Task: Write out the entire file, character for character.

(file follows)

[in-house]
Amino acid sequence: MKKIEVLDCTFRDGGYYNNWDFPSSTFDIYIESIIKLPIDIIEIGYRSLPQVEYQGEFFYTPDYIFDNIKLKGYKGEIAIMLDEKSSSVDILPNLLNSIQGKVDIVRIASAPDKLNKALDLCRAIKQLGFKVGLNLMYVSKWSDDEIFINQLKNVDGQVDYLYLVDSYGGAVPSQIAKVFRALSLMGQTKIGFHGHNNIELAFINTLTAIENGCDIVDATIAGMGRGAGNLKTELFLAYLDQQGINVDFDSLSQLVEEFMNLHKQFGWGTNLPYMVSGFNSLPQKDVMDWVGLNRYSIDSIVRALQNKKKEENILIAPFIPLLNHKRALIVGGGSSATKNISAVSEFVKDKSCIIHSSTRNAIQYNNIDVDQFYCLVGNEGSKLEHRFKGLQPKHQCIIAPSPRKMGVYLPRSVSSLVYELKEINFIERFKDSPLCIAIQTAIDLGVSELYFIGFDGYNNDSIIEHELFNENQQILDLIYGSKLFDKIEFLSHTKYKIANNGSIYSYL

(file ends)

[in-house]
Amino acid sequence: MKKIEVLDCTFRDGGYYNNWDFPSSTFDIYIESIIKLPIDIIEIGYRSLPQVEYQGEFFYTPDYIFDNIKLKGYKGEIAIMLDEKSSSVDILPNLLNSIQGKVDIVRIASAPDKLNKALDLCRAIKQLGFKVGLNLMYVSKWSDDEIFINQLKNVDGQVDYLYLVDSYGGAVPSQIAKVFRALSLMGQTKIGFHGHNNIELAFINTLTAIENGCDIVDATIAGMGRGAGNLKTELFLAYLDQQGINVDFDSLSQLVEEFMNLHKQFGWGTNLPYMVSGFNSLPQKDVMDWVGLNRYSIDSIVRALQNKKKEENILIAPFIPLLNHKRALIVGGGSSATKNISAVSEFVKDKSCIIHSSTRNAIQYNNIDVDQFYCLVGNEGSKLEHRFKGLQPKHQCIIAPSPRKMGVYLPRSVSSLVYELKEINFIERFKDSPLCIAIQTAIDLGVSELYFIGFDGYNNDSIIEHELFNENQQILDLIYGSKLFDKIEFLSHTKYKIANNGSIYSYL